Environmental monitoring, earth-resource mapping, and military systems require broad-area imaging at high resolutions. Many times the imagery must be acquired in inclement weather or during night as well as day. Synthetic Aperture Radar (SAR) provides such a capability. SAR systems take advantage of the long-range propagation characteristics of radar signals and the complex information processing capability of modern digital electronics to provide high resolution imagery. Synthetic aperture radar complements photographic and other optical imaging capabilities because of the minimum constraints on time-of-day and atmospheric conditions and because of the unique responses of terrain and cultural targets to radar frequencies.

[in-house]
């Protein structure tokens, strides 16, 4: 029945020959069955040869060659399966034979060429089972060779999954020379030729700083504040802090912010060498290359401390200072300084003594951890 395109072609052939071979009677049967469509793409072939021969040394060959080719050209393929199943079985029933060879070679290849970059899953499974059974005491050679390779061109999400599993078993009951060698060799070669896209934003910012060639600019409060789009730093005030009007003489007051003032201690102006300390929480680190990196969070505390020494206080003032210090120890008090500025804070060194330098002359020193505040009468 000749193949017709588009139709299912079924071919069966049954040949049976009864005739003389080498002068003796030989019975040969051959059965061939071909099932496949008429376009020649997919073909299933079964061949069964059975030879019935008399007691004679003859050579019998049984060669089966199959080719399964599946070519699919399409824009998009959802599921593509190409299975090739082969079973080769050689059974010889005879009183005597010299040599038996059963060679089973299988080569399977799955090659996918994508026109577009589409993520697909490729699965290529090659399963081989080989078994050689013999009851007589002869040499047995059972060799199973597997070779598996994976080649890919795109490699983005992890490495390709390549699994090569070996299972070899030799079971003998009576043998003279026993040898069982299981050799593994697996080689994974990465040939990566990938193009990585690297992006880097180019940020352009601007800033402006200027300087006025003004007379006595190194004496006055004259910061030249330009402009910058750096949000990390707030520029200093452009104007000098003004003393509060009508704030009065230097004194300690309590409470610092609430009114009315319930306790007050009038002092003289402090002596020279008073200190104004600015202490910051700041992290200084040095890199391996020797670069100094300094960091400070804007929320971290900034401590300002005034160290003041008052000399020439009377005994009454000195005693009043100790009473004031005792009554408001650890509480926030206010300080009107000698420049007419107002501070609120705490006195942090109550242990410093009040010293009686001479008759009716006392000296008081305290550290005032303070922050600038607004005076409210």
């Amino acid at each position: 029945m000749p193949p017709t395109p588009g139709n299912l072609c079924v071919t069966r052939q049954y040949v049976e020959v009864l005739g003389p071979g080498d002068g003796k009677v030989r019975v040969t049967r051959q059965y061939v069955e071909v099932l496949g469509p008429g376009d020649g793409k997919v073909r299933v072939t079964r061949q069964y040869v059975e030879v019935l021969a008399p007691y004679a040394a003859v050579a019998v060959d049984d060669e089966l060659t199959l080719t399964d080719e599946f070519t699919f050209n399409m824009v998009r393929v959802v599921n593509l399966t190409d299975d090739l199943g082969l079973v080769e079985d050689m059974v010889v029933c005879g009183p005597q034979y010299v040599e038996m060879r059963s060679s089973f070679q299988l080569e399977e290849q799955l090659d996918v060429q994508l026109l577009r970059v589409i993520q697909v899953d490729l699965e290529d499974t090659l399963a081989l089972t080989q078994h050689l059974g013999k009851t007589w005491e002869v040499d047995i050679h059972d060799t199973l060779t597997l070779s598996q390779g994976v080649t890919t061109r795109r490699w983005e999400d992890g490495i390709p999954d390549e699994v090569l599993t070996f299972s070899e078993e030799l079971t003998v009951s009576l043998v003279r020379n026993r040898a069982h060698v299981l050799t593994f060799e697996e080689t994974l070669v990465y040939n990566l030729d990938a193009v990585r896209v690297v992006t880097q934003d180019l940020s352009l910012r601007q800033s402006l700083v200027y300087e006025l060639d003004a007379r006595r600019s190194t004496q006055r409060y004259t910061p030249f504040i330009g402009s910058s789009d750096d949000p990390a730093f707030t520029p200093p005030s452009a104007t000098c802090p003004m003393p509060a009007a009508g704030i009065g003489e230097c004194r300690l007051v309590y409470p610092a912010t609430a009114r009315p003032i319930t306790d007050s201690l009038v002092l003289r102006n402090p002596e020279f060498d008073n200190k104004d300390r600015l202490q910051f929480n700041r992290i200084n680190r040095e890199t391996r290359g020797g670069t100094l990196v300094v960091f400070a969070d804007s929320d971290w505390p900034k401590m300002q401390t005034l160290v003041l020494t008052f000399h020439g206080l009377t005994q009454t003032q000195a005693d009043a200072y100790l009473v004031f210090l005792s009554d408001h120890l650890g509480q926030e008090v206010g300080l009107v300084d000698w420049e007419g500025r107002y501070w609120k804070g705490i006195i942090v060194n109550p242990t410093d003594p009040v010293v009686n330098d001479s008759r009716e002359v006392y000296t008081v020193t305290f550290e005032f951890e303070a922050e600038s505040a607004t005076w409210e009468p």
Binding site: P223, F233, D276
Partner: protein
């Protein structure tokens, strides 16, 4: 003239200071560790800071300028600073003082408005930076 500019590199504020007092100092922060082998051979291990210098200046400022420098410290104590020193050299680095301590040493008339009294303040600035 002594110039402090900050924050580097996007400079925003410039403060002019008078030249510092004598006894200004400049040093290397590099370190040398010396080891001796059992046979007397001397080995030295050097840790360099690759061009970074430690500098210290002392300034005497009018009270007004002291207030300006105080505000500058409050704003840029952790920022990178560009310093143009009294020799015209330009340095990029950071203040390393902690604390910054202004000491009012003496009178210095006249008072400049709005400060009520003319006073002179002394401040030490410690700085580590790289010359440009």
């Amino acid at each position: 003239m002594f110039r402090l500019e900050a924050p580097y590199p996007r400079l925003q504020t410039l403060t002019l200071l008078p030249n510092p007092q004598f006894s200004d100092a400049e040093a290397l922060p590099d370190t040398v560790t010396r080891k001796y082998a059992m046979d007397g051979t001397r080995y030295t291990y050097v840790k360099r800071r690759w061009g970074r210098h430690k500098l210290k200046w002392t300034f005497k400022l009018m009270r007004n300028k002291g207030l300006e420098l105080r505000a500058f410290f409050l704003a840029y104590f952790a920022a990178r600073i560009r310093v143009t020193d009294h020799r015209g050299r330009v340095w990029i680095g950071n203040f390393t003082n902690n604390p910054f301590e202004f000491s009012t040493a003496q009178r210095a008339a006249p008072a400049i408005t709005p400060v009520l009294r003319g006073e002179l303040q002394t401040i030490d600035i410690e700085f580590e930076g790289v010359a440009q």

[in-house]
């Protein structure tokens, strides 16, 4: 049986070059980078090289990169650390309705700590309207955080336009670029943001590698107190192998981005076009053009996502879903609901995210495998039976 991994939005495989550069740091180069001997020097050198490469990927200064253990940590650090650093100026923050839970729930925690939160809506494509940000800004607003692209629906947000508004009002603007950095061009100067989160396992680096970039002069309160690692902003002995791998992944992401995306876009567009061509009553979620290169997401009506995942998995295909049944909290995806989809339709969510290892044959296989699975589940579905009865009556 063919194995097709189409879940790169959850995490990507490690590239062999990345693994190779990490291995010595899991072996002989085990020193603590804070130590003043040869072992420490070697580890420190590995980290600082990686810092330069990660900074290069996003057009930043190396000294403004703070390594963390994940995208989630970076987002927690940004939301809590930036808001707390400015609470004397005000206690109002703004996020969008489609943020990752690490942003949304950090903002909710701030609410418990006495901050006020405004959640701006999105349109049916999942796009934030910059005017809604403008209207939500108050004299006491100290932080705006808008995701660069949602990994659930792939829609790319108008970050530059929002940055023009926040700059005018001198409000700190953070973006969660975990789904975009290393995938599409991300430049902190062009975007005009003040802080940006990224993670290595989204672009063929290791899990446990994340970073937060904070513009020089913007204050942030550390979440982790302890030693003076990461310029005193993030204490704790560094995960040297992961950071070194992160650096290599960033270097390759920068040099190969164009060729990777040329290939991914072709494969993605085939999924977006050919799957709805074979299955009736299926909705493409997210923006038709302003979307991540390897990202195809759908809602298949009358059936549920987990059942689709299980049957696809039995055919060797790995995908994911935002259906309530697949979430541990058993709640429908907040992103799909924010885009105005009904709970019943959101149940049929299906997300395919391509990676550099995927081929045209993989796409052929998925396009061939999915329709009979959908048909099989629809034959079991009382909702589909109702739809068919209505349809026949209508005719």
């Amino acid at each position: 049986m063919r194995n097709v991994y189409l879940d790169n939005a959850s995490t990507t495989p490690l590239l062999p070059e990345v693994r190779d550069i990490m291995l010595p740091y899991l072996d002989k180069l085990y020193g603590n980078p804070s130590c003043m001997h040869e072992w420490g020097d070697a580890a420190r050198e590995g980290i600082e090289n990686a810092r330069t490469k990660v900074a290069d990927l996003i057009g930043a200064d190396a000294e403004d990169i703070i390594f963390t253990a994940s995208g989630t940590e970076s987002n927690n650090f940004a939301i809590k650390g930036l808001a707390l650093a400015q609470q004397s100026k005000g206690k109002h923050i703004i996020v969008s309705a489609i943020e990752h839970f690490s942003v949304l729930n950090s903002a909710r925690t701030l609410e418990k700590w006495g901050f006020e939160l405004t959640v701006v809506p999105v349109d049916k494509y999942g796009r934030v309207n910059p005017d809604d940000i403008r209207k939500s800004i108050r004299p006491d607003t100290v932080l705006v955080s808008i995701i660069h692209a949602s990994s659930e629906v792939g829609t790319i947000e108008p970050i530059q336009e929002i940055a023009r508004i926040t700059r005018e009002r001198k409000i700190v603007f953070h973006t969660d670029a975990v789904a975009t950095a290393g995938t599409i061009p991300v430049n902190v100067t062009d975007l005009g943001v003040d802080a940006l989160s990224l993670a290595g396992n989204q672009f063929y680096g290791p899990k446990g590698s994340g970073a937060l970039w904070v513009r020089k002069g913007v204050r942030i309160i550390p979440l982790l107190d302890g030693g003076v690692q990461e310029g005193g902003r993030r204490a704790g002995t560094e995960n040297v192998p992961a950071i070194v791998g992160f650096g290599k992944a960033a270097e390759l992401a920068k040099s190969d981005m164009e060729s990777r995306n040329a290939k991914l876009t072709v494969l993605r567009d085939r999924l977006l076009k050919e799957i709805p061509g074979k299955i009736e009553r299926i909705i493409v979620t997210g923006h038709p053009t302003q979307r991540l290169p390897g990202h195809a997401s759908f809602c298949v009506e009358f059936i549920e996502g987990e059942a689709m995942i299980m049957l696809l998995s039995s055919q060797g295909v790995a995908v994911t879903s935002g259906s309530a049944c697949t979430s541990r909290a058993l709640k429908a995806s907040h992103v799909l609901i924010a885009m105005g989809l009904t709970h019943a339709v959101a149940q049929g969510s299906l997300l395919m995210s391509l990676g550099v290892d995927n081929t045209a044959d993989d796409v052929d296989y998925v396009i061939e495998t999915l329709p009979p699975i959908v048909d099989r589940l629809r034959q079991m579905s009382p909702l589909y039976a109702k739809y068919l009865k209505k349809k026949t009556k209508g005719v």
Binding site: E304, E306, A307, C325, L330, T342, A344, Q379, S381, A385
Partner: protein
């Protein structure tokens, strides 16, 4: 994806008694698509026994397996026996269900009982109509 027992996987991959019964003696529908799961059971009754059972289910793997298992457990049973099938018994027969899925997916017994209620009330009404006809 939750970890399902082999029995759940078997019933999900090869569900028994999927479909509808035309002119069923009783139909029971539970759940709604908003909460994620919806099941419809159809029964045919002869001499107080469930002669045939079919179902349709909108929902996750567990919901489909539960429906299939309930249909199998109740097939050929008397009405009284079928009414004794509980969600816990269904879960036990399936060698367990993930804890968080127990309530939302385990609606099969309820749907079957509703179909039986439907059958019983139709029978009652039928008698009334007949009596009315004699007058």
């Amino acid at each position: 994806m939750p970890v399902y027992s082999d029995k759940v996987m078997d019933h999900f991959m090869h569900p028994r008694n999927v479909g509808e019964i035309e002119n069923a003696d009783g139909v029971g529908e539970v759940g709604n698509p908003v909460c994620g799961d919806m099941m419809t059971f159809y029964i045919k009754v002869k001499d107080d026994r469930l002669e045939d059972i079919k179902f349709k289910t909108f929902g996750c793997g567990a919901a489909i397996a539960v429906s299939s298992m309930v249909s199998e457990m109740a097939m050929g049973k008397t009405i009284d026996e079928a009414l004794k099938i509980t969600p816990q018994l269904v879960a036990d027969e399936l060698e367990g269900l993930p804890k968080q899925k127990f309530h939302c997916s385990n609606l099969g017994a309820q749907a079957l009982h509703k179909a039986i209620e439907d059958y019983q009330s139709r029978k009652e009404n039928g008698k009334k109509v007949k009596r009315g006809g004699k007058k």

Synthetic aperture radar technology has provided terrain structural information to geologists for mineral exploration, oil spill boundaries on water to environmentalists, sea state and ice hazard maps to navigators, and reconnaissance and targeting information to military operations. There are many other applications or potential applications. Some of these, particularly civilian, have not yet been adequately explored because lower cost electronics are just beginning to make SAR technology economical for smaller scale uses.